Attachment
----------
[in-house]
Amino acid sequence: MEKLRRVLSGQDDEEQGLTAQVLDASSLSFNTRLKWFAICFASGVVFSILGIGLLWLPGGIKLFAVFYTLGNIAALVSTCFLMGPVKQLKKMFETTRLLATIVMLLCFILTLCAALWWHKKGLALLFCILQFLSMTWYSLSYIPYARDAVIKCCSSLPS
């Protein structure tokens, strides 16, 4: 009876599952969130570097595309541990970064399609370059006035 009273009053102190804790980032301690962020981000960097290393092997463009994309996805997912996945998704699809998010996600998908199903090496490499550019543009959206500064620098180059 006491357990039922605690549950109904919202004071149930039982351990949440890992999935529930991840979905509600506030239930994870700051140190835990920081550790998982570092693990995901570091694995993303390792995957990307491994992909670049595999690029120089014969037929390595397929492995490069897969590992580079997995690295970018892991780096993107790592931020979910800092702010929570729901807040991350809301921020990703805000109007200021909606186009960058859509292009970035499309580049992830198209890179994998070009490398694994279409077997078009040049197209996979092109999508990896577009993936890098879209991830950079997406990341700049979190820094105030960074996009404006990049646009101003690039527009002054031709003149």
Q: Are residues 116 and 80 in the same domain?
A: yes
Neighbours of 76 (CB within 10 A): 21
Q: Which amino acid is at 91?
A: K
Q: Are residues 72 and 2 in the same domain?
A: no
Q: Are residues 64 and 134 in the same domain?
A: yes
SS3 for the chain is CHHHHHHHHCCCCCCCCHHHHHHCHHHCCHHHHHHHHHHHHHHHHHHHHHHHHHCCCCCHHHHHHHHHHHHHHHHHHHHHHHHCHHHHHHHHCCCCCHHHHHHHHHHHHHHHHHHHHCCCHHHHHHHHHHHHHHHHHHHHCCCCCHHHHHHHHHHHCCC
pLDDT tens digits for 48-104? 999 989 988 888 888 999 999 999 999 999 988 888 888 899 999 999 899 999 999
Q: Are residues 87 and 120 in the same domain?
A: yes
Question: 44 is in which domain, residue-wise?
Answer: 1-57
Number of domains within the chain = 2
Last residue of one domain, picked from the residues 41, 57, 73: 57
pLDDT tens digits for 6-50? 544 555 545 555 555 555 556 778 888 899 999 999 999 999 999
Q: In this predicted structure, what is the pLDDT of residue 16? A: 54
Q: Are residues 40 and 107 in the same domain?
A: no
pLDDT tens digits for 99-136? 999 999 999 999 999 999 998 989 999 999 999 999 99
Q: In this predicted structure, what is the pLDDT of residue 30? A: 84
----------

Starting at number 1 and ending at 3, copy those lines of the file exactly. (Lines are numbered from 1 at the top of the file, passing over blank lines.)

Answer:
[in-house]
Amino acid sequence: MEKLRRVLSGQDDEEQGLTAQVLDASSLSFNTRLKWFAICFASGVVFSILGIGLLWLPGGIKLFAVFYTLGNIAALVSTCFLMGPVKQLKKMFETTRLLATIVMLLCFILTLCAALWWHKKGLALLFCILQFLSMTWYSLSYIPYARDAVIKCCSSLPS
């Protein structure tokens, strides 16, 4: 009876599952969130570097595309541990970064399609370059006035 009273009053102190804790980032301690962020981000960097290393092997463009994309996805997912996945998704699809998010996600998908199903090496490499550019543009959206500064620098180059 006491357990039922605690549950109904919202004071149930039982351990949440890992999935529930991840979905509600506030239930994870700051140190835990920081550790998982570092693990995901570091694995993303390792995957990307491994992909670049595999690029120089014969037929390595397929492995490069897969590992580079997995690295970018892991780096993107790592931020979910800092702010929570729901807040991350809301921020990703805000109007200021909606186009960058859509292009970035499309580049992830198209890179994998070009490398694994279409077997078009040049197209996979092109999508990896577009993936890098879209991830950079997406990341700049979190820094105030960074996009404006990049646009101003690039527009002054031709003149």